SocialGuide: Adding Social Value to TV Program Guides
SocialGuide CEO Sean Casey briefed us today on recent accomplishments and upcoming milestones for his company that focuses on social media activity around television programming running on 170 U.S. networks. The basic idea for users is that in addition to getting time and channel listings for programs, information about social activity around these shows will add value to program selection and engagement. SocialGuide was founded by Casey in February 2011 with $1.5 million in angel funding from media industry veteran Alex Zubillaga. It is based in Brooklyn with five employees there and a four-person development team based in Poland.
SocialGuide positions itself as a consumer and data services company that aggregates and parses social media messages (mostly the publicly accessible Twitter stream at this point) around television show content. Casey said SocialGuide has now built up a comments database of 103 million social network messages. The focus is on national programming, but Casey says the database includes geolocation tags so there is a possibility the service could be localized if a local market demand develops. For example, a local cable system or TV station might look at the Top 10 Social TV shows in its markets and make this part of the sales pitch for those programs if they are in its lineups.
Based on the number of social TV comments, SocialGuide provides rankings for networks, programs, episodes and other breakout including the most frequent commenters. SocialGuide even reaches out to the top ranked commenters and lets them know they are top ranked. Commenters can become members of SocialGuide and its recognition and reward programs. It now has about 1,500 members.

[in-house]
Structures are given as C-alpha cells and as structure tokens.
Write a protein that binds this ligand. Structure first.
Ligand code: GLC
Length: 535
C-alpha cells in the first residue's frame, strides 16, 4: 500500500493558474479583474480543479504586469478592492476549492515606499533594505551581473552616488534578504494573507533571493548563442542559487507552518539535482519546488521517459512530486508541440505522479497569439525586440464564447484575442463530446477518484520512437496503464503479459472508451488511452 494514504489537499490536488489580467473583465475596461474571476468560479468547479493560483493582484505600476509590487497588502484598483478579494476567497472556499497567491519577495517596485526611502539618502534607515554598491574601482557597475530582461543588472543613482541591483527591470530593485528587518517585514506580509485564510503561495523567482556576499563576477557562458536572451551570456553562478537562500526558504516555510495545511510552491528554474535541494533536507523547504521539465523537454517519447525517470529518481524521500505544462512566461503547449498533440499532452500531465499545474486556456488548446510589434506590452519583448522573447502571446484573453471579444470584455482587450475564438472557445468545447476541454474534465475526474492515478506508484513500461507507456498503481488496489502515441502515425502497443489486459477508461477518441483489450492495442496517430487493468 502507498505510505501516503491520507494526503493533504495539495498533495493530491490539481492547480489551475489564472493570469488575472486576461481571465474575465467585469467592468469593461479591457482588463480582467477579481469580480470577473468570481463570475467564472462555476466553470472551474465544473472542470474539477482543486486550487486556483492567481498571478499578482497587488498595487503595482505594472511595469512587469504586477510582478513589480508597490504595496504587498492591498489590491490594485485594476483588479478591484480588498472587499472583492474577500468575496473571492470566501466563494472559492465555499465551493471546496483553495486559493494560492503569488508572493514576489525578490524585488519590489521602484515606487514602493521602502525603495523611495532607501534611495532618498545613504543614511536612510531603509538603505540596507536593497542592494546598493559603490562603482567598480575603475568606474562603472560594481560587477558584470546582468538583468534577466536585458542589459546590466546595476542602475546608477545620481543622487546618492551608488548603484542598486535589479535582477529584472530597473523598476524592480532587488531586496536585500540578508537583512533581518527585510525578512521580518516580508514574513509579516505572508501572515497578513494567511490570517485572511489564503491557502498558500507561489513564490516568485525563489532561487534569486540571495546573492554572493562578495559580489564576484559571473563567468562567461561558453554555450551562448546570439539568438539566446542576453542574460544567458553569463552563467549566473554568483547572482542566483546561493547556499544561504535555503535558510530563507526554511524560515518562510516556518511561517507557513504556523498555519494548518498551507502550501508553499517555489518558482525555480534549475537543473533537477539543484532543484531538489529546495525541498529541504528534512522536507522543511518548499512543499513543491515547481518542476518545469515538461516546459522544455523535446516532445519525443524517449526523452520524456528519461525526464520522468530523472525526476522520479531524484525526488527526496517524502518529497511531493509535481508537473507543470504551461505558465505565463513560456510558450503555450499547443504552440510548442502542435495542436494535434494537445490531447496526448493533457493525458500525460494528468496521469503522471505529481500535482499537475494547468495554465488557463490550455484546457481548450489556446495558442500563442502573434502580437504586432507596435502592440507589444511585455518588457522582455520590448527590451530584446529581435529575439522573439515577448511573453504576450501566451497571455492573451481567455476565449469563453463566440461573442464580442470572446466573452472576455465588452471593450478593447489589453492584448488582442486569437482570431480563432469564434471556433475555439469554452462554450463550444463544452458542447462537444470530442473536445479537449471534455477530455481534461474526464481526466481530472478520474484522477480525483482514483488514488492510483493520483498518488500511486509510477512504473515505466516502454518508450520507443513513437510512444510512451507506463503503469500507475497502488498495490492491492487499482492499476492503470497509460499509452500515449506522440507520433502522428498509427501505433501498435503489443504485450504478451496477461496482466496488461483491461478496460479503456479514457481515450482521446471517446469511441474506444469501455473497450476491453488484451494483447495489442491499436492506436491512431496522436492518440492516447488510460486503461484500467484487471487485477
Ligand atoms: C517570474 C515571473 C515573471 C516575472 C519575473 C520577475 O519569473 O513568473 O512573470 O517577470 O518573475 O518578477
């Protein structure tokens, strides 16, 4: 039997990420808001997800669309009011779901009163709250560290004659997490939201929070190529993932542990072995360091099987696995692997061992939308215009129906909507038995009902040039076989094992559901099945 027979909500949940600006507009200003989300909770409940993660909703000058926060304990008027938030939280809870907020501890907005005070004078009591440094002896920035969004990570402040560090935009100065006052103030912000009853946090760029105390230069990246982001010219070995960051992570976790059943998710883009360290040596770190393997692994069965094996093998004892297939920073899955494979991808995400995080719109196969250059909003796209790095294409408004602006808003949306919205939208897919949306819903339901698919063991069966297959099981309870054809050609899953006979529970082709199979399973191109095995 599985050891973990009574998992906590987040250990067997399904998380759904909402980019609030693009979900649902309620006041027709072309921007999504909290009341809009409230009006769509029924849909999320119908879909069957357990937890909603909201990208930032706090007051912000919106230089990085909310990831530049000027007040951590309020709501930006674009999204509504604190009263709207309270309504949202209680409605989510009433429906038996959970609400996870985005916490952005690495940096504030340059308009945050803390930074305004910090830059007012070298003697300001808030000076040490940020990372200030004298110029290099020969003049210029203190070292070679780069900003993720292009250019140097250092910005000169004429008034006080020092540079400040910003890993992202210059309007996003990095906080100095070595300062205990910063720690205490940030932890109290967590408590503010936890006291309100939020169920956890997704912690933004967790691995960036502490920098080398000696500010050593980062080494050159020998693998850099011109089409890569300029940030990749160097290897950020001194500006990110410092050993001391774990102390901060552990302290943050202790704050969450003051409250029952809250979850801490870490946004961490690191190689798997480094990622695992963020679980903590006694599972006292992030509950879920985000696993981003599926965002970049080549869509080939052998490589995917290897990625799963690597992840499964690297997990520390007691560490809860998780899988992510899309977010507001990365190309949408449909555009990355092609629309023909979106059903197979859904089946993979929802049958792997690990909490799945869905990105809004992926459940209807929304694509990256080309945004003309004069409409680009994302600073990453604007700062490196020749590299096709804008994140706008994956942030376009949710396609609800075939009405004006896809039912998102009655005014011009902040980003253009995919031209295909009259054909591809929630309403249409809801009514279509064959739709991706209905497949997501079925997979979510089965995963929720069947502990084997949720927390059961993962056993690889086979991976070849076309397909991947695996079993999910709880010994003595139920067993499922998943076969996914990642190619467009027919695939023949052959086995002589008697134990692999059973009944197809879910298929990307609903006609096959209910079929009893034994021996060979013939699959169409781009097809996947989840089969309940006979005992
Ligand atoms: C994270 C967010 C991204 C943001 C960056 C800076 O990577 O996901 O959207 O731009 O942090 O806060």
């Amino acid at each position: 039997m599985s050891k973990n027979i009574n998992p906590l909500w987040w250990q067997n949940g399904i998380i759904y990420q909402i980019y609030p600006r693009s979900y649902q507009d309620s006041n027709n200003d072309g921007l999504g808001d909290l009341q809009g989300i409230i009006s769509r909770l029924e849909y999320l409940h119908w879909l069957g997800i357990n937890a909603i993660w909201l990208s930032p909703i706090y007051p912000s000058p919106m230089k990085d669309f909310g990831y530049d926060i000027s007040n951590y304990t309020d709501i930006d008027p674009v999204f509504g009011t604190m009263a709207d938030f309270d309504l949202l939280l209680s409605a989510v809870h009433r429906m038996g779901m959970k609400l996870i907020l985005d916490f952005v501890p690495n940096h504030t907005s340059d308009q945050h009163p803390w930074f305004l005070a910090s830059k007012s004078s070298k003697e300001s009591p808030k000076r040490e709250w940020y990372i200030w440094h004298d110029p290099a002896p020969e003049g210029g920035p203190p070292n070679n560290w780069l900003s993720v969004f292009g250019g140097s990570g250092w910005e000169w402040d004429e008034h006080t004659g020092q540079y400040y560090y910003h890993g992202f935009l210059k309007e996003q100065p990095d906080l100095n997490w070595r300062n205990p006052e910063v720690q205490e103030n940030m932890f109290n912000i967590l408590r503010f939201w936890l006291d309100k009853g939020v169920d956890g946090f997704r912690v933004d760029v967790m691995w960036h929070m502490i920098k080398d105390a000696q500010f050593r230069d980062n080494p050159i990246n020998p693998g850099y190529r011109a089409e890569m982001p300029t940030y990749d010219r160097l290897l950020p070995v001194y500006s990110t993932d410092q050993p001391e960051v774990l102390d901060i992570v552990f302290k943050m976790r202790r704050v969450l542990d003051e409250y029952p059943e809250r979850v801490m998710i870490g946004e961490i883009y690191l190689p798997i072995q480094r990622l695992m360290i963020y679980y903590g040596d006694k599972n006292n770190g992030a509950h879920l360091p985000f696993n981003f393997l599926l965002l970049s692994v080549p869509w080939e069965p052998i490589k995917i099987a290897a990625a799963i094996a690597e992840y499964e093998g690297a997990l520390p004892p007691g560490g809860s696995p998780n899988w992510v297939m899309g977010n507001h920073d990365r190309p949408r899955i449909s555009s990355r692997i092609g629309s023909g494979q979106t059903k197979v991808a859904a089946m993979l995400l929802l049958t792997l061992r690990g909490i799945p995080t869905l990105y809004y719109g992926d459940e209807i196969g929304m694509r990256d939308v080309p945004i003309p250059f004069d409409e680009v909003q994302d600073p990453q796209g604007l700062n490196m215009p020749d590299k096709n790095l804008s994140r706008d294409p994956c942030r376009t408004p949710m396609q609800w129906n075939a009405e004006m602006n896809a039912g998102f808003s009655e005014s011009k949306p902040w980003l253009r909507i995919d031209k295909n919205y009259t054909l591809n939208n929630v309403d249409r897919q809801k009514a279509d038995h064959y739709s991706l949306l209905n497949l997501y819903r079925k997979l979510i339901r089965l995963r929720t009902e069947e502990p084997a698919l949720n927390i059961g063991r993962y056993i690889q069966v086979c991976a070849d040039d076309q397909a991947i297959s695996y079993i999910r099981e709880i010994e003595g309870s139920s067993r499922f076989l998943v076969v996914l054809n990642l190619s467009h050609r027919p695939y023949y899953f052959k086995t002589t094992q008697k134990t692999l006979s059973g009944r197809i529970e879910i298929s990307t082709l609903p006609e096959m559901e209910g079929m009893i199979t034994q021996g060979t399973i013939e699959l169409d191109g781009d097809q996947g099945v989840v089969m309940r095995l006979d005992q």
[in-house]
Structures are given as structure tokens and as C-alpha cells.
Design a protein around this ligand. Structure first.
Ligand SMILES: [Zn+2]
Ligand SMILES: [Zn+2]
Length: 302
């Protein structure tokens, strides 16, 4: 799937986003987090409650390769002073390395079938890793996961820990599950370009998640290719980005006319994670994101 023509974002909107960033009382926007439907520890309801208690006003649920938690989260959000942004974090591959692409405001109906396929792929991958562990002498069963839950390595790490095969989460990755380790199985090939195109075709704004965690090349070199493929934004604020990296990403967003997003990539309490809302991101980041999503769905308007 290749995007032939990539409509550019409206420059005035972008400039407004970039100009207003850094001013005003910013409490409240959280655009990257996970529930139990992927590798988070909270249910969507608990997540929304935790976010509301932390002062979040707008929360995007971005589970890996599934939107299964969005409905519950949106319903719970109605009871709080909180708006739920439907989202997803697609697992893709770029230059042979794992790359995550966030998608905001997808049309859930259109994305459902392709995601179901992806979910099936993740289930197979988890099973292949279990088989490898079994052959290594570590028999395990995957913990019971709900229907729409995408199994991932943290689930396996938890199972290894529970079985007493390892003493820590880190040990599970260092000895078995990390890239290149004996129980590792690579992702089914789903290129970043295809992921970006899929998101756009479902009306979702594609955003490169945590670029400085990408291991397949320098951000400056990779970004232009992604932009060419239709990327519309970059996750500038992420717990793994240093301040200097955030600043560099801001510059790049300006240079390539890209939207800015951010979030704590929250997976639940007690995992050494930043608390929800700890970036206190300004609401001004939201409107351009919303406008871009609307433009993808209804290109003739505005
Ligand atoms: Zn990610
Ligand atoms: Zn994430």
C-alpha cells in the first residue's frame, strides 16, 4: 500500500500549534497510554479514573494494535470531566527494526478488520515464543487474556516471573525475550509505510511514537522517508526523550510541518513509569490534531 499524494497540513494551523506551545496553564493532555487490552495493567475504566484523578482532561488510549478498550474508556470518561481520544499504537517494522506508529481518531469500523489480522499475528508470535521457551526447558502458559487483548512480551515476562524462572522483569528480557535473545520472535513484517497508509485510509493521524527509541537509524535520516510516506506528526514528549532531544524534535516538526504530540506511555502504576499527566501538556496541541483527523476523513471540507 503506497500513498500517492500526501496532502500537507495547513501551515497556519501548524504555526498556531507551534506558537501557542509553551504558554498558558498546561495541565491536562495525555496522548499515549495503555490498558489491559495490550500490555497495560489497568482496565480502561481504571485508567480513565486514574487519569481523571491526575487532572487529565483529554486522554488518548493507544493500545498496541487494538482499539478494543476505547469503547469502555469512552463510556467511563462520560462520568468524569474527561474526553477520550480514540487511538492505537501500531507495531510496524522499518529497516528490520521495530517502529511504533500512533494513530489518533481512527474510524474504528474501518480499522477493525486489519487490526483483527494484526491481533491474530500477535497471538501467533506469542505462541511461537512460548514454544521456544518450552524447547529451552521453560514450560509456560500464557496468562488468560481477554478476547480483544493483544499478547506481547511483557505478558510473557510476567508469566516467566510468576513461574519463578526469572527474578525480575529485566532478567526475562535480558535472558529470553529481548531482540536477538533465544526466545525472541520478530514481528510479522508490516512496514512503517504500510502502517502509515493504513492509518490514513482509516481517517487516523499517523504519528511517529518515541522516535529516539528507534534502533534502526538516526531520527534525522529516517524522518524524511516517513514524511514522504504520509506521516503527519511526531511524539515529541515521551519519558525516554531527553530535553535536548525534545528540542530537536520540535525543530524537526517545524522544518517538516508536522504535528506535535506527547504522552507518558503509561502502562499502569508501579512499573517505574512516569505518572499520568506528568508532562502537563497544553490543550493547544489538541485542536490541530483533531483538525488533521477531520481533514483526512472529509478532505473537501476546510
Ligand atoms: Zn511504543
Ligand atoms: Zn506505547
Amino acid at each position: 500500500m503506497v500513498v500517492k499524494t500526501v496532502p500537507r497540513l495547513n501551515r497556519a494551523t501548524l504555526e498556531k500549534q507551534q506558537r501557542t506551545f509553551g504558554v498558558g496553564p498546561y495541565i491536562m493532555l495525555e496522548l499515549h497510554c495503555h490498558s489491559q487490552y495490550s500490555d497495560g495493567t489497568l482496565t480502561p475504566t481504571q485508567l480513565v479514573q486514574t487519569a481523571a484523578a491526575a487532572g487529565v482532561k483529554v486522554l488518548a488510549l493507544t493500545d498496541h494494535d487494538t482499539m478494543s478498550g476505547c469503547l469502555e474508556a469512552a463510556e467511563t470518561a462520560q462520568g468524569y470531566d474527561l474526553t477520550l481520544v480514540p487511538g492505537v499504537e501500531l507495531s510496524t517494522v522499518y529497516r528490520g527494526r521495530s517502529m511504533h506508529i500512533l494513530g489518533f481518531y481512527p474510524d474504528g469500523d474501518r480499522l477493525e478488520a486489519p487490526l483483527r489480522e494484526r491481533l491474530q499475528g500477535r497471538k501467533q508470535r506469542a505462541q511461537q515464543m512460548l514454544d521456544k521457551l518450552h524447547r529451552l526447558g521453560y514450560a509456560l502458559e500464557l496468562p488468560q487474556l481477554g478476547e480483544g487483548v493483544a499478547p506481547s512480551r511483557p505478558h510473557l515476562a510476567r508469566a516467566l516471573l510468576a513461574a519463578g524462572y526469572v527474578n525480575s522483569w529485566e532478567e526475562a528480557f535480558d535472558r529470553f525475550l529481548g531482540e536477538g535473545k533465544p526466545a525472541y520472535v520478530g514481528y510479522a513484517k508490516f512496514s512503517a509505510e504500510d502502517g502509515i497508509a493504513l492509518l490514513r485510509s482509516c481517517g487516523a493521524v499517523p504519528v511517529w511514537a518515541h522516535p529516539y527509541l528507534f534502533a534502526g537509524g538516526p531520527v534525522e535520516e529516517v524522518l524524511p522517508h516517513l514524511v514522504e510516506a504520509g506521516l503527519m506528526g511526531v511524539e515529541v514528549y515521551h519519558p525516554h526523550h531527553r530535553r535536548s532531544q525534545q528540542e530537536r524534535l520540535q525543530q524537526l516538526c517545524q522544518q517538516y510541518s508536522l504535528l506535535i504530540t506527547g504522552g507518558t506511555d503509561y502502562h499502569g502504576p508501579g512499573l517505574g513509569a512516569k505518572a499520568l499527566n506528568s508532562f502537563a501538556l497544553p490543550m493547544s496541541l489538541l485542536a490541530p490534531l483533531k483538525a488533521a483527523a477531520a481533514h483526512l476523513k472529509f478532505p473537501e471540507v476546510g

Casey observes that based on his company’s analysis 90 percent of social TV activity by its measure occurs in the window one hour before program air time to two hours post airing. That’s what the SocialGuide algorithm uses to capture social messaging. Casey says the other 10 percent of social activity does not directly tie in to the programs analyzed and become essentially noise.
SocialGuide aggregates social activity into several streams such as “everyone,” “friends” and “cast” to get social messages tweeted by program actors and personalities. Shows are ranked by popularity based on number of comments. There are Daily Top 10 Shows and the Social 100 top shows ranked weekly and monthly.
Beginning in October, SocialGuide plans to provide paid data services targeting media and brands that would provide more data analytics. SocialGuide will also offer widgets and access to real-time social streams to industry customers but these would be free services to users. It will soon offer an API that MSOs and others could use to integrate SocialGuide’s social program guide with their Electronic Program Guide for a richer user experience.
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As an online tv personality, I agree with this. Our show, The Big Chat, is based around our chat feature of where we engage our audiences and encourage questions, comments – the good, bad, and ugly. We have giveaways that are based online to keep our audience “in front” of us, but still to allow them to check out our sponsors/advertisers while on the internet.